3 Pancreas: Secretes enzymes used in digestion. Swim Bladder (air bladder): Responsible for a fish s buoyancy; the fish secretes a gas (mostly oxygen) into the bladder to rise and absorbs gas from it to sink. Spleen: A dark red gland located on or behind the stomach; a storage site for blood and some blood formation occurs there. It helps remove waste products from the blood. Kidney: A dark red band located above the stomach, just beneath and along the backbone. It removes excess water and minerals out of the body. Gonads: The reproductive organs; in females called ovaries, and testes in males. Like the macroinvertebrates they eat, different fish species have varying levels of tolerance to environmental changes. Sensitivity to environmental differences is dependent on the species of the fish. For example, the salmonid species like spring Chinook salmon are sensitive, unlike carp, which are more tolerant of poor water quality. Procedure 1. Discuss with students what every fish must have to be a fish by using a poster that shows a body of water, thermometer, fish skeletal model or picture, and a fish anatomical model or picture.* Study the anatomy of fish by making overhead transparencies (Figures 4 & 5). Associate body parts with those of a human for comparison. Ask a hatchery near you if there are any extra fish for dissection purposes to check out the real thing. If you prefer not to do the dissection, ask a resource specialist to visit your class. 2. Study the Fish Family Tree (Figure 6) and then ask students to select and classify a fish, from kingdom to species (Figure 7). What are the attributes of a given species of fish? What distinguishes the families? How do ancient species differ from more contemporary types? Additional resource materials may be needed. 105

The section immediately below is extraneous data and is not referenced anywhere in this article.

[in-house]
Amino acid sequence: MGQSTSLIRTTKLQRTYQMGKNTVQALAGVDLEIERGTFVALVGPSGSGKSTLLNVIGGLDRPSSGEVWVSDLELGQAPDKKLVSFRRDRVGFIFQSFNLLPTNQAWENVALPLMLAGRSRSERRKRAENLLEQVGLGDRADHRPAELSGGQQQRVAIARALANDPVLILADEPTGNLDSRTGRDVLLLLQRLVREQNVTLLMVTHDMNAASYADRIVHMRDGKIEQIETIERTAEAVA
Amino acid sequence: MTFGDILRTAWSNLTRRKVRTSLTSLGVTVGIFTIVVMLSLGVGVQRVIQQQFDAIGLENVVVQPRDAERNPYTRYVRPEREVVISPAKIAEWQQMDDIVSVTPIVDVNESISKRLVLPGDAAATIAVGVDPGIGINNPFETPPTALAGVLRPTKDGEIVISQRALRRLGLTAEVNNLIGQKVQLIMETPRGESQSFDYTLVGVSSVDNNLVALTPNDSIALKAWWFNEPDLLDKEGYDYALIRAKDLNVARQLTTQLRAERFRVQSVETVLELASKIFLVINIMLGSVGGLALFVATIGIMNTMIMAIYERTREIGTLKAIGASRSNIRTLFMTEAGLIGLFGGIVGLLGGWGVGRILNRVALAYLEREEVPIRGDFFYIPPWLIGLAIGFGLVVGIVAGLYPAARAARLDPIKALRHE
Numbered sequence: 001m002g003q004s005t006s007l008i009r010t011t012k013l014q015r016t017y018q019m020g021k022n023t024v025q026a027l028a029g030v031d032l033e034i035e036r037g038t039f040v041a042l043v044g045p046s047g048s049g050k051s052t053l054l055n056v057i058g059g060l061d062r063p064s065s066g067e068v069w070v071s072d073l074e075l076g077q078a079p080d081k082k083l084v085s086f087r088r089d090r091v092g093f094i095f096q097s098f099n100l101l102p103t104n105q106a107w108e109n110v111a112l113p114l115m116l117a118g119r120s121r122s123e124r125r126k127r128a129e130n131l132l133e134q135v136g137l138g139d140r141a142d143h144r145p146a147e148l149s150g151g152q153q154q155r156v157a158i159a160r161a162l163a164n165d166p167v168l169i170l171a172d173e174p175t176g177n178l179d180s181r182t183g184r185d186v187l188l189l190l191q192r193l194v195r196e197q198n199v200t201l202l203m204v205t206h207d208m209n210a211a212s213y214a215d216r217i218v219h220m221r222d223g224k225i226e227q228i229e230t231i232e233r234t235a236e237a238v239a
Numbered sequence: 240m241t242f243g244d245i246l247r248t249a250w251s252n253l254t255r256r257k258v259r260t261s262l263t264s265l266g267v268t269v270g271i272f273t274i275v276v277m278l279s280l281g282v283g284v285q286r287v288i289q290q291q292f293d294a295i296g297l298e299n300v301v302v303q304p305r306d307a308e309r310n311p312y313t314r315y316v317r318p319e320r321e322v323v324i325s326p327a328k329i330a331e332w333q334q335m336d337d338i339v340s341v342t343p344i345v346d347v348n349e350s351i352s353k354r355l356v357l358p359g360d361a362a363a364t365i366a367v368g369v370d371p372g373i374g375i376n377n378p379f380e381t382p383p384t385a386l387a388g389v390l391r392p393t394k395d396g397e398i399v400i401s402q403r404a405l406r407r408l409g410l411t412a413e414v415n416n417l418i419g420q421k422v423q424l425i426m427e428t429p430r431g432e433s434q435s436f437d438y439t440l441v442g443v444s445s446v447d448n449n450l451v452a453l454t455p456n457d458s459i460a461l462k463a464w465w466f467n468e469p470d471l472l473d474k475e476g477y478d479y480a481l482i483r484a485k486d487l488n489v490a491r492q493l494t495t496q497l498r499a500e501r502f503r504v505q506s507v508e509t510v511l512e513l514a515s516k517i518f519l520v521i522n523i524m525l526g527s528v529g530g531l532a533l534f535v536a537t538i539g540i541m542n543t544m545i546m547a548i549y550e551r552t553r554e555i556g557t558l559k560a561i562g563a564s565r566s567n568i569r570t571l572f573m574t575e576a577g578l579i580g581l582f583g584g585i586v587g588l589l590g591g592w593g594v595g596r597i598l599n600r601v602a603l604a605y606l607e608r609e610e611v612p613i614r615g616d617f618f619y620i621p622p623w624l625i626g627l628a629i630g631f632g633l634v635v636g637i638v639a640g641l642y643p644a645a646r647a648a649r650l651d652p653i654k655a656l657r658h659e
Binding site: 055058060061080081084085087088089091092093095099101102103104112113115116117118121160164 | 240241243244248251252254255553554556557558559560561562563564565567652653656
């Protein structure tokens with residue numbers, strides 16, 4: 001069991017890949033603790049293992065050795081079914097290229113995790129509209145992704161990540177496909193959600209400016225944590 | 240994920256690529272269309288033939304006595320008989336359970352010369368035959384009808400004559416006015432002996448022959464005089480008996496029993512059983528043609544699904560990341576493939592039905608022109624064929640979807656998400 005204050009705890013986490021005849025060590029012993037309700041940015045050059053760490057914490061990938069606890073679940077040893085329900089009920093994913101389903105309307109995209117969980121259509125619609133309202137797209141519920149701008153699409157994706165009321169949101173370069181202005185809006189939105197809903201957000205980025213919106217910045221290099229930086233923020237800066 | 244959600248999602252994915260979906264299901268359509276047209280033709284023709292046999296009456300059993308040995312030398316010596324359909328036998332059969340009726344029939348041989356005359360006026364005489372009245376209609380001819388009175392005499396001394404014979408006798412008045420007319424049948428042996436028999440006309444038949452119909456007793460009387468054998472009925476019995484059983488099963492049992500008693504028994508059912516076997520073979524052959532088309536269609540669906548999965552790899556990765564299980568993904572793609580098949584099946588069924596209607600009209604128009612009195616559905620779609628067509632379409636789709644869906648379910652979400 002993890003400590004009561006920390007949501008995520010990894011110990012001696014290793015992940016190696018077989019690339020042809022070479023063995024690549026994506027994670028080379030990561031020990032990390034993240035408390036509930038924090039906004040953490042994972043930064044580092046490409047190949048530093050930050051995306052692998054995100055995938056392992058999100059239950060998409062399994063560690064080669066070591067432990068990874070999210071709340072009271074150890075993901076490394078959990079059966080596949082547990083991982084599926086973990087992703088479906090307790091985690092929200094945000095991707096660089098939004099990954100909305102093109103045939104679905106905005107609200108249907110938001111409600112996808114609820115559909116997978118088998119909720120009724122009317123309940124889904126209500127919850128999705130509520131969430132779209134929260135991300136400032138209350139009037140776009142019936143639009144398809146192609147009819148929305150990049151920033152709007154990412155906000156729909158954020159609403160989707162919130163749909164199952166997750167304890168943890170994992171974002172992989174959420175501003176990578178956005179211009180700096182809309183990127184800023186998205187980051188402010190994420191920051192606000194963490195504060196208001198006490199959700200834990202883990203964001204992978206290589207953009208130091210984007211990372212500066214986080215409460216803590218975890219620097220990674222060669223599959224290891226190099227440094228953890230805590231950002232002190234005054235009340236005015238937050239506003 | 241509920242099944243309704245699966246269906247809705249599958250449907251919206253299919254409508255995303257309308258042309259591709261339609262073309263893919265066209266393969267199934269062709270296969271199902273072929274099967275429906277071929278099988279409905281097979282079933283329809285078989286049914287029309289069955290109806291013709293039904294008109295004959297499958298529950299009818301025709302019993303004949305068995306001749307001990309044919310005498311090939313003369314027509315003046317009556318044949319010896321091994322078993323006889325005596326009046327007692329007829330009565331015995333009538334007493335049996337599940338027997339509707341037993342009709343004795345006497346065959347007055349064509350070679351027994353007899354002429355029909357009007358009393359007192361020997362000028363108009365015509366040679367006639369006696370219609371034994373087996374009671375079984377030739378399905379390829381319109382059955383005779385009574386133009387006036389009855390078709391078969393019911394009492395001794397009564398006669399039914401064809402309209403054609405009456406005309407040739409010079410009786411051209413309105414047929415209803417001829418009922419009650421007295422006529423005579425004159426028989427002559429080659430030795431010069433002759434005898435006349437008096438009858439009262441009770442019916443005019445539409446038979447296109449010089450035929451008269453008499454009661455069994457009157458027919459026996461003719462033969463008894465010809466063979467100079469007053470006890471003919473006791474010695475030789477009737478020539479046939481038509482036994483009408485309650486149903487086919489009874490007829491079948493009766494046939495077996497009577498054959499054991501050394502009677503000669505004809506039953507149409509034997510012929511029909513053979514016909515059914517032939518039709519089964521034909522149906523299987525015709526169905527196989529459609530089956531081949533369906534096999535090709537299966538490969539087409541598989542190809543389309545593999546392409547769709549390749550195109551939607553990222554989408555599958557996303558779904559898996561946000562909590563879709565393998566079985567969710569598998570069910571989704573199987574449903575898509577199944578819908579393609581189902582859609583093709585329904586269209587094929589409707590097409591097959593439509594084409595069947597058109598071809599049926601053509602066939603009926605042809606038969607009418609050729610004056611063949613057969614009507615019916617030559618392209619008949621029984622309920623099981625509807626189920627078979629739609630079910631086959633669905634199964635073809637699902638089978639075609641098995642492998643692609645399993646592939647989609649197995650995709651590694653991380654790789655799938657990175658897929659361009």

4 OPERCULUM AXILLARY PROCESS FIN RAYS Figure 4. External Trout Anatomy 106

5 Figure 4A. External Trout Anatomy 107

6 PYLORIC CAECA Figure 5. Internal Trout Anatomy 108

7 Figure 5A. Internal Trout Anatomy 109

8 Figure 6. Fish Family Tree 110

9 FISH HEALTH/Species Classification System Chart FIG. 7 - SPECIES CLASSIFICATION SYSTEM (Carolus Linnaeus, 1700 s) Kingdom Kingdom Phylum Phylum Class Class Order Order SPECIES CLASSIFICATION SYSTEM Family Family Genus Genus species Species There are super and sub classifications for many of the classifications. Genus names are always capitalized and the species names are in lower case letters. There are super and sub classifications for many of the classifications. Genus names are Both are italicized. See the example of the classification system below for steelhead. always capitalized and the species names are in lower case letters. Both are italicized. See the example of the classification system below for steelhead. Example: Kingdom: Animalia Phylum: Chordata Example: Kingdom: Animalia Subphylum: Vertebrata Phylum: Chordata Class: Osteichthyes (bony fishes) Subphylum: Vertebrata Subclass: Actinopterygii (higher bony fishes) Class: Osteichthyes (bony fishes) Order: Salmoniformes Subclass: Actinopterygii (higher bony fishes) Family: Salmonidae Order: Salmoniformes Genus: Oncorhynchus (hooked nose) Family: Salmonidae Species: mykiss Genus: Oncorhynchus (hooked nose) Species: mykiss Figure 7. Species Classification System (Carolus Linnaeus, 1700 s) 111